PT Red Letter Media and other Prequel Reviews

Discussion in 'Prequel Trilogy' started by Obi-Wan McCartney, Feb 12, 2012.

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  1. Cryogenic Force Ghost

    Member Since:
    Jul 20, 2005
    star 4
    I suppose not. In the film, though, Watto seems to just be struggling to get by, and his mild antagonism is understandable -- to me -- given the context. He's a little greedy and cynical in his own way, but his intransigent avarice is almost charming: like the Del Boy of Star Wars. And his last-minute resistance to Qui-Gon winning the bet, threatening to renege, is a measure of his desperation, such that when we see him give in because Qui-Gon threatens to turn that planet's endemic crime lords on him, some sympathy is extracted for his character, I think.

    Later, in AOTC, we understand the basic decency of Watto in a deeper way, since that film's lone scene with him in it portrays him as a sad, lonely, somewhat addled character who was broken by Qui-Gon's bet; and his reasonable treatment of Anakin and Shmi -- again, given the context of the planet -- is played off as ironic counterpoint against the Jedi's anemic moral injunctions and apparent apathy to Anakin's predicament. The screenplay to TPM also had Watto telling Anakin to come back and see his mother one day: the very thing the Jedi expressly forbade him to ever do.

    Granted, you do need to see AOTC to get the full appreciation of the Watto character arc, but that also speaks to another problem that reared its ugly head the moment TPM came out: abject impatience. People bristled against the idea that Episode I was laying a foundation and was merely the first chapter in a larger story, if they even considered it at all. Rather than give any attention to Qui-Gon's opening advice to Obi-Wan to "be mindful of the living Force", they took to whining and slamming Lucas for a childish tone, for a plot that they alleged went nowhere, and for character attributes that they took out of context and falsely equated with cultural stereotypes, without looking at the bigger picture, or waiting to see it emerge, as they engaged in racist conflagrations of their own.

    It might be beyond the scope of this thread, but I'll add that the Jar Jar hate would also seem to be based on latent homophobia and profound societal discomfort with people who cross gender lines (even Hayden Christensen would be slammed for being too pretty or whatever, earning the appellation "Gayden Christensen" in some quarters -- based on his physical appearance and even some of his reputed traits that are apparently synonymous with one's sexual orientation ... *snort*). Really, Star Wars just seems to be held to a slightly different standard to normal, in a manner that scales with its immense popularity. In a fantastic universe as rich and colourful as the SW universe, this is probably the burden of popularity. And as I said before, if you want to sound like you have some objective measure of a film's failure to impress you, why not bandy the racist accusation around?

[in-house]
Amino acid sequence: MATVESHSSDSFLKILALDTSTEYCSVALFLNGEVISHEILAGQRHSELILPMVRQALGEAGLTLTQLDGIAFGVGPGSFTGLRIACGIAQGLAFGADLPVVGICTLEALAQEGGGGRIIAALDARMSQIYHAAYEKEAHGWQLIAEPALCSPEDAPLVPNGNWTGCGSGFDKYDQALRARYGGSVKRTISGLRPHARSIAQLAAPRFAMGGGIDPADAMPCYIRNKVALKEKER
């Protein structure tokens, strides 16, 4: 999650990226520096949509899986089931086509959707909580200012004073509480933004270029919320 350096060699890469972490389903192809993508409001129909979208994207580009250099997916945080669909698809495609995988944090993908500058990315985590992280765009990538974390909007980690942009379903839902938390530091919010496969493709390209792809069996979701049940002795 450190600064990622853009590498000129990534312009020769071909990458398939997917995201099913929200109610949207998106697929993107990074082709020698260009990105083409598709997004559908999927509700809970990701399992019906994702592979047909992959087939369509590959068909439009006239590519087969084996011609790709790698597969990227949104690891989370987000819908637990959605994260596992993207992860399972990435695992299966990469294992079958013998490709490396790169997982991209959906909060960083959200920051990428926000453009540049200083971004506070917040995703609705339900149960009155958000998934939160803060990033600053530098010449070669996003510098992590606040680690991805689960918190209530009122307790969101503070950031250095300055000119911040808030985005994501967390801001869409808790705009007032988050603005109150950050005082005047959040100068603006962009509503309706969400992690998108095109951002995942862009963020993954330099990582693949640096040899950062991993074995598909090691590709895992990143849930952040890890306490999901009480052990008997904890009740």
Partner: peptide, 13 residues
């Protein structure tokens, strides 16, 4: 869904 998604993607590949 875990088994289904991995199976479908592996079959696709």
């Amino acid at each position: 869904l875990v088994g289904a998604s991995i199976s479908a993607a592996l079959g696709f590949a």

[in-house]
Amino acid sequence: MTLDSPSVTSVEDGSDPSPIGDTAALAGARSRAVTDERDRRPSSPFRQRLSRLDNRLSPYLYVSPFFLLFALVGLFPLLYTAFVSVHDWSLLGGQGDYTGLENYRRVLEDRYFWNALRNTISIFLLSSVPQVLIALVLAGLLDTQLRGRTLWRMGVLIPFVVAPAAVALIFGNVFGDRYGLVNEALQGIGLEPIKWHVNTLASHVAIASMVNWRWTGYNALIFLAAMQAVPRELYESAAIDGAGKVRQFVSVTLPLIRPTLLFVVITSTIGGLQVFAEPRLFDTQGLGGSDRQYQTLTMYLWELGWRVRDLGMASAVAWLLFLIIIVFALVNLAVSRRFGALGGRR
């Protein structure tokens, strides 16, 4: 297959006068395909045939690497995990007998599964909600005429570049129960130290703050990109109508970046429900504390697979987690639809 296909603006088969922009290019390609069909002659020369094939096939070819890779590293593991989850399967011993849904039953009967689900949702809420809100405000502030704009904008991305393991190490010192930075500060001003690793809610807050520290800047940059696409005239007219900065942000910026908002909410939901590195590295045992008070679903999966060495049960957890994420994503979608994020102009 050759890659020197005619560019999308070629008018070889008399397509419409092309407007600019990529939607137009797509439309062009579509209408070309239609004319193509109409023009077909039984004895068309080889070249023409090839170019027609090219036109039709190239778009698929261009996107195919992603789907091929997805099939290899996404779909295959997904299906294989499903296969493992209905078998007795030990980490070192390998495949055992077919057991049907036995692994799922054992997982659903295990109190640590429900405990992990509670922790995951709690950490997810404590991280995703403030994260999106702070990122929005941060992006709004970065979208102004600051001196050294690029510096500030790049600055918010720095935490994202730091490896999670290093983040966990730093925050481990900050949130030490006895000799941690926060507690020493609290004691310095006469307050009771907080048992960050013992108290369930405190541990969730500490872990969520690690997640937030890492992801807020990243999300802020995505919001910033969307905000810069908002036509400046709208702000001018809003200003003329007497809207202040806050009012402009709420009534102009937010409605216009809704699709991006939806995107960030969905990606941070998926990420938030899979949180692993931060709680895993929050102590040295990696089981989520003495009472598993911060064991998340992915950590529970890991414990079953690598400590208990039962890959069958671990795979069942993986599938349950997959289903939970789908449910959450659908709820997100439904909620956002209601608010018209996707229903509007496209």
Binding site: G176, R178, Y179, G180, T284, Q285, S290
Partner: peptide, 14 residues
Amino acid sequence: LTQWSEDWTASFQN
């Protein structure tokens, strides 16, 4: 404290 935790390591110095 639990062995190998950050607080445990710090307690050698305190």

In other words, people are stupid. And Star Wars is functioning beyond the base prejudices of the day. It's a commentary about our present-day, but in order to really appreciate that, you need to step outside of the "present day", in order to see just how decadent you and the present day really are. This is part of the reason why a lot of art that's later accepted as "great" is maligned to begin with: a fear of newness/difference and a total mis-comprehension, or lack of willingness to accept or understand, beyond one's simple frame and the ingrained concerns of the present moment.

    Good point. It's not a "hook" nose. And by pointing this out, you exemplify my earlier substituting of the Emperor for Watto. The Emperor, in contrast to Watto, really DOES have a crooked nose, and has some ugly traits that fit the fact that he is Darth Vader's boss and the villainous mastermind of the main Anakin Skywalker storyline. Yet has HE been called racist? Has HE been seen as an attack on one culture or ethnicity or another?

    People are always guilty of heavy detail-suppression when they isolate these traits in the first place. I mean, creature-design-wise, Watto is a bit like an elephant, a bit like a walrus, a bit like a hummingbird, and a bit like a duck. He's also like none of these animals. In-universe, he might be genetically linked to the likes of Max Rebo (an Ortolan). Although, it must be added, Max Rebo seems to be based more on an anteater. They're both blue, however, and Qui-Gon casually (but significantly) refers to Watto at one point, at the moment he chooses to patronize him, as his "blue friend". Is THAT bit of in-universe racism ever picked up on? No. Again, detail-suppression and/or willful blindness. (I'm guilty of some there: Watto is a magnificent blend of blue and yellow with a variety of subtler shades that form part of his extremities or his mottled pigment: greens, browns, purples, etc.; only Max Rebo is completely blue-skinned -- and even he isn't entirely monochrome). All too often, people only seem to see what they want to see.
    Last edited by Cryogenic, Feb 15, 2013